An organization called the New Mexico Freedoms Alliance pledged Friday to help Los Alamos National Laboratory workers protest mandatory coronavirus vaccinations.
The protest has been scheduled for 11 a.m. Tuesday at Los Alamos’ Ashley Pond.
The protesters will include “a group from the Los Alamos National Laboratory with support from the New Mexico Freedoms Alliance,” said Melanie Rubin, who is on the executive committee of the freedom organization.
Rubin said she expected “hundreds” of the laboratory’s employees to participate, although the effort to organize them had just started.
A Los Alamos National Laboratory spokeswoman said the mandate came from Triad National Security, the company that manages and operates the national lab. It applies, she said, to Los Alamos National Laboratory employees and on-site contractors and subcontractors. It also covers new hires and teleworkers.
Triad announced the mandate Aug. 23, and it will fully take effect in mid-October. More than 85 percent of the employees were vaccinated in late August, “and that number continues to grow,” the spokeswoman said in an email Friday.
A news release sent Friday by the freedom group said, among other things: “Every New Mexican deserves the right to choose what happens to their own body. The people who want to get vaccinated should do so. Those who don’t want to do so should have the right to say NO!” The news release called the protest a “Freedom Assembly” and encouraged protest participants to take vacation time for the event.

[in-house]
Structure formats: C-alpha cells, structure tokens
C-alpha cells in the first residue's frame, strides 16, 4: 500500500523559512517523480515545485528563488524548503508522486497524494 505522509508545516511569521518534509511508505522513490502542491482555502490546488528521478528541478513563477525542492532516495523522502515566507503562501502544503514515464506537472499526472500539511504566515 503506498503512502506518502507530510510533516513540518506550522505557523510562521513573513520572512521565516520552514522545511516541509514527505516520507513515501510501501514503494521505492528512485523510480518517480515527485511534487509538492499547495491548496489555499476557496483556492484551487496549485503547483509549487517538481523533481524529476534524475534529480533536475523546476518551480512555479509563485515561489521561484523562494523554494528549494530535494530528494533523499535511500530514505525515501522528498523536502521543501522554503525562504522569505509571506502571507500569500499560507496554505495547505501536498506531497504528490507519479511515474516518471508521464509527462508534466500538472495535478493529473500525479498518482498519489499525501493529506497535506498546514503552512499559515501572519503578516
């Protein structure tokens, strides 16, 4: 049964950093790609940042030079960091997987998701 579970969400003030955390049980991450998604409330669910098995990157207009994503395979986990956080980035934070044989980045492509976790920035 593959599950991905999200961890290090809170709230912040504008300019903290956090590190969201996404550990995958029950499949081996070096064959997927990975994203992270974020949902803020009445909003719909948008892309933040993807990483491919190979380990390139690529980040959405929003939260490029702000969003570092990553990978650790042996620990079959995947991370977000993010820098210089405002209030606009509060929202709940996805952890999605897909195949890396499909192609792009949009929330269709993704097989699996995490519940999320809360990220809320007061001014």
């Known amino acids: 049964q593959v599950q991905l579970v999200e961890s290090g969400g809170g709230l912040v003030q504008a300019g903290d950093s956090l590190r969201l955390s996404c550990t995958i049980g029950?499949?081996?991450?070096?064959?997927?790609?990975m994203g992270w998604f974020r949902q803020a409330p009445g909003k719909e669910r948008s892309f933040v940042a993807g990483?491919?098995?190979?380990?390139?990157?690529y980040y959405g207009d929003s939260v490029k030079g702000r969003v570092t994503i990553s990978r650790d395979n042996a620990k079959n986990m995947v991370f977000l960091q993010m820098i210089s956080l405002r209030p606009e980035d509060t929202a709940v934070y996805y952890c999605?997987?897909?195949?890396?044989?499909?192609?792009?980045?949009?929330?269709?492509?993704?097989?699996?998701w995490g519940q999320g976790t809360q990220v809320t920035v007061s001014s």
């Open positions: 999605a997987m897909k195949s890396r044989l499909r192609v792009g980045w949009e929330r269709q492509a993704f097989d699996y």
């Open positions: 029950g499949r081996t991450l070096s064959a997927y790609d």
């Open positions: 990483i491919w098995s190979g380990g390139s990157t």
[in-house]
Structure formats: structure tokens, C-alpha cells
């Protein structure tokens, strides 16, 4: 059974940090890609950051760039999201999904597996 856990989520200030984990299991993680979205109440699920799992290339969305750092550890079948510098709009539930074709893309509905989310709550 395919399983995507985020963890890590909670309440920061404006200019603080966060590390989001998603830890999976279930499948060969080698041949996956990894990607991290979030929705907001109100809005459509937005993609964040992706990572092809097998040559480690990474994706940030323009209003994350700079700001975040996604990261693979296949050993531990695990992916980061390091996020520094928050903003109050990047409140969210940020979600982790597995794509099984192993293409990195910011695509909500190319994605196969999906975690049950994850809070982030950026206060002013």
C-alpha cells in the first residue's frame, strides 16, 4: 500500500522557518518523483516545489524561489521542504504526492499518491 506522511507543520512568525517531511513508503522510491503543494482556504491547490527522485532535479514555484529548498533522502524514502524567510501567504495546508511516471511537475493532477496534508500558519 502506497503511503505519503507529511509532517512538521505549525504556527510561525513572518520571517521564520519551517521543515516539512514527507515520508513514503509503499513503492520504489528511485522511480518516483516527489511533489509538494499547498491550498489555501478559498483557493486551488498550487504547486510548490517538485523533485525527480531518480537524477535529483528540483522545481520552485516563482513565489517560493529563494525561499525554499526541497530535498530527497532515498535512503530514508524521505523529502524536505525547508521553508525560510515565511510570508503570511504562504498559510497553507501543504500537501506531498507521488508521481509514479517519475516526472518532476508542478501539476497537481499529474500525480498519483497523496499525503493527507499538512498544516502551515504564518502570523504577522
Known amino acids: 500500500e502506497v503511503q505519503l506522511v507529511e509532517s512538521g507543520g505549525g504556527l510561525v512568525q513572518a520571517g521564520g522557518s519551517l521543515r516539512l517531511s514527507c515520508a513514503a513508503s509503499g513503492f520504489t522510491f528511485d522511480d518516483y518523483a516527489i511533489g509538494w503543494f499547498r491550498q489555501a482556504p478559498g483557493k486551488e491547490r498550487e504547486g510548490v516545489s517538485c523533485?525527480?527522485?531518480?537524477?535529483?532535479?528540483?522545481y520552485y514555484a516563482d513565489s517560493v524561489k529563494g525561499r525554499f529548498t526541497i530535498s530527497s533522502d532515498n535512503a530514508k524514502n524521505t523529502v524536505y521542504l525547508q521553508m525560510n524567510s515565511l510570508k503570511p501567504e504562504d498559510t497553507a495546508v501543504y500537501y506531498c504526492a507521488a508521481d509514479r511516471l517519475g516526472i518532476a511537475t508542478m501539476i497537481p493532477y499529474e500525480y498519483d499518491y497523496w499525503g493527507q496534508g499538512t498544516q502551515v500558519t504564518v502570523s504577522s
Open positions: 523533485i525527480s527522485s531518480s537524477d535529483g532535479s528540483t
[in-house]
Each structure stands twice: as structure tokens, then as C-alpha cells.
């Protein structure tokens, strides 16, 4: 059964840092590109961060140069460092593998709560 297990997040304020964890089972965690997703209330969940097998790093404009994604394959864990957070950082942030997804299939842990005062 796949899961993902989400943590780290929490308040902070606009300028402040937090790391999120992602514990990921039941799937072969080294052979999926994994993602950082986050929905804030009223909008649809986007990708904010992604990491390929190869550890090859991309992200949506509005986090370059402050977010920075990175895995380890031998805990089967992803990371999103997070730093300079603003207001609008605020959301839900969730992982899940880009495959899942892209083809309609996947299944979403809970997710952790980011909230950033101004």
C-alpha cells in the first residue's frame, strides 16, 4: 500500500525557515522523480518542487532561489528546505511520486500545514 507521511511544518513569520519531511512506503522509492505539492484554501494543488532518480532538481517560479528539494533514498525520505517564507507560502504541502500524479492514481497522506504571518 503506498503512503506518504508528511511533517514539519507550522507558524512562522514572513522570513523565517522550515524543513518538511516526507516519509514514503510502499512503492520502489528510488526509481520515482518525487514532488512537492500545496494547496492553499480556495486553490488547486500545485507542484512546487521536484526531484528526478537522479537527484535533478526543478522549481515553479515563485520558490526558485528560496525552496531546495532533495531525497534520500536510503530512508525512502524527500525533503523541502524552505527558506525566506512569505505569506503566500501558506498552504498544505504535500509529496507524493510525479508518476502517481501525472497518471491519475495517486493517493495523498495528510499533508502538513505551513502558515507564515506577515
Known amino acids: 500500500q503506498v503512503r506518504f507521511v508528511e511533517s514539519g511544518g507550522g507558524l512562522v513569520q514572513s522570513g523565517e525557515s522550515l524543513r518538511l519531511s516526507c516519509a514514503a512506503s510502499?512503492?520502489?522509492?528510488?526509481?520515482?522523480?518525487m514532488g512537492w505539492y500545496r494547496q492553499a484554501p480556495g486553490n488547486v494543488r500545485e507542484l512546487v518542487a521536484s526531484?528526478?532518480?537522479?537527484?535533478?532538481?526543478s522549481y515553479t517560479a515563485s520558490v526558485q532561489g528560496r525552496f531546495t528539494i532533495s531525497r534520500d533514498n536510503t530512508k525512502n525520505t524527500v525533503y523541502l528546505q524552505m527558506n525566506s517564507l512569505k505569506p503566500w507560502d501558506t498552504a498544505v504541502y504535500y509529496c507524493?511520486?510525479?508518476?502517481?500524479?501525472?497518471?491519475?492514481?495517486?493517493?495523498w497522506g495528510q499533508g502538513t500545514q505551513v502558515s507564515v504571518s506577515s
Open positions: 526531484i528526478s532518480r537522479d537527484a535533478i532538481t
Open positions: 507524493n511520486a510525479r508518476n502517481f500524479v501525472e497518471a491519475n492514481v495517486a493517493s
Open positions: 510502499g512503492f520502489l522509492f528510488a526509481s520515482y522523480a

The item also mentioned constitutional rights, the Civil Rights Act of 1964 and codes of medical ethics in “the Nuremberg Code and the Declaration of Helsinki.” Sarah Smith of Las Cruces, also an executive committee member of the New Mexico Freedoms Alliance, was named at the top of the news release.
“We’ve been working with people from LANL,” Smith said in an interview. Smith and Rubin, of the Albuquerque area, said the impetus for their organization stemmed from various coronavirus-related requirements that have affected employees, children, businesses, schools, prisons and other people and places. Both also mentioned the importance of people having control over decisions affecting their bodies, but neither said their organization had discussed or taken a position on abortion.
Rubin said her interest was in “all issues of bodily sovereignty. And also civil liberties, human rights, constitutional rights.” Rubin said she has been placed on leave as an instructional systems designer who produces training programs at Presbyterian Healthcare Services because she hasn’t been vaccinated. She said she contracted the coronavirus and was effectively treated with homeopathic therapies.
The coronavirus vaccines haven’t gone through extensive clinical trials, Rubin added.
Los Alamos National Laboratory Director Thom Mason said in the Aug. 23 news release that the mandate was needed to “meet our Laboratory’s critical mission requirements amid rising COVID-19 case rates in northern New Mexico and beyond.”
Dr. Jagdish Khubchandani, a vaccine advocate and public health doctor at New Mexico State University, wrote Friday in an email that efforts must be made to reduce complacency, increase confidence in the vaccines, promote collective responsibility and communicate clearly about the vaccines. “Such efforts take time and strategic action,” he wrote.